According to a statement issued by US broadband provider Windstream Communications, the telco is one of six companies that have joined forces to submit a new proposal – dubbed ‘America’s Broadband Connectivity Plan’ – to the Federal Communications Commission (FCC), in an effort to hasten the deployment of high speed broadband to more than four million Americans living in rural areas. The two-pronged proposal involves: firstly, the modernisation of the FCC’s Universal Service Fund (USF), so that it is focused on building and sustaining broadband networks without increasing the size of the USD4.5 billion fund; and secondly, fundamentally reforming the Intercarrier Compensation (ICC) system that governs how communications companies bill one another for handling traffic, gradually phasing down these charges.
The six companies – AT&T, CenturyLink, FairPoint, Frontier, Verizon and Windstream – claim to serve ‘the vast majority of US telecommunications customers, including those residing in high-cost rural areas, which are the primary focus of USF support’. Joining the telecoms operators in support of reform are the National Telecommunications Cooperative Association, the Organisation for the Promotion and Advancement of Small Telecommunications Companies and Western Telecommunications Alliance – all of which represent small telecoms carriers.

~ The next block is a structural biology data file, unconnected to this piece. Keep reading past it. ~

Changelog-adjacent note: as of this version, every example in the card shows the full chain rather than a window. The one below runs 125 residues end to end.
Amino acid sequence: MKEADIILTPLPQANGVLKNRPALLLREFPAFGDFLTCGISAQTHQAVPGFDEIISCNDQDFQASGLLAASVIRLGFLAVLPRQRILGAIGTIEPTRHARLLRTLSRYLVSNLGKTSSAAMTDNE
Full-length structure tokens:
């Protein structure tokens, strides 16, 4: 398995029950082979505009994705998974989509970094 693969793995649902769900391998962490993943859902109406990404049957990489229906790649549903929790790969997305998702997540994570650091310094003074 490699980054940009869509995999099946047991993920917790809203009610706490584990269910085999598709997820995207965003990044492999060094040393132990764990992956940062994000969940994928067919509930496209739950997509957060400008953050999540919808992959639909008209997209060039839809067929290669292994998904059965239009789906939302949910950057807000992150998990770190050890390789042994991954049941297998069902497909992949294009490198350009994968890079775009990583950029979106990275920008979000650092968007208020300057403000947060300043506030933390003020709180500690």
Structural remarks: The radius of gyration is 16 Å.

Mike Rhoda, senior vice president of Windstream’s government affairs department, commented: ‘This proposal modernises the USF and ICC mechanisms as our industry migrates toward a broadband-oriented future. Importantly, the proposal provides an adequate transition period for carriers to move from the current structure to one that will meet the changing needs of telecommunications consumers and help close the rural-rural divide that has persisted under the existing flawed framework’.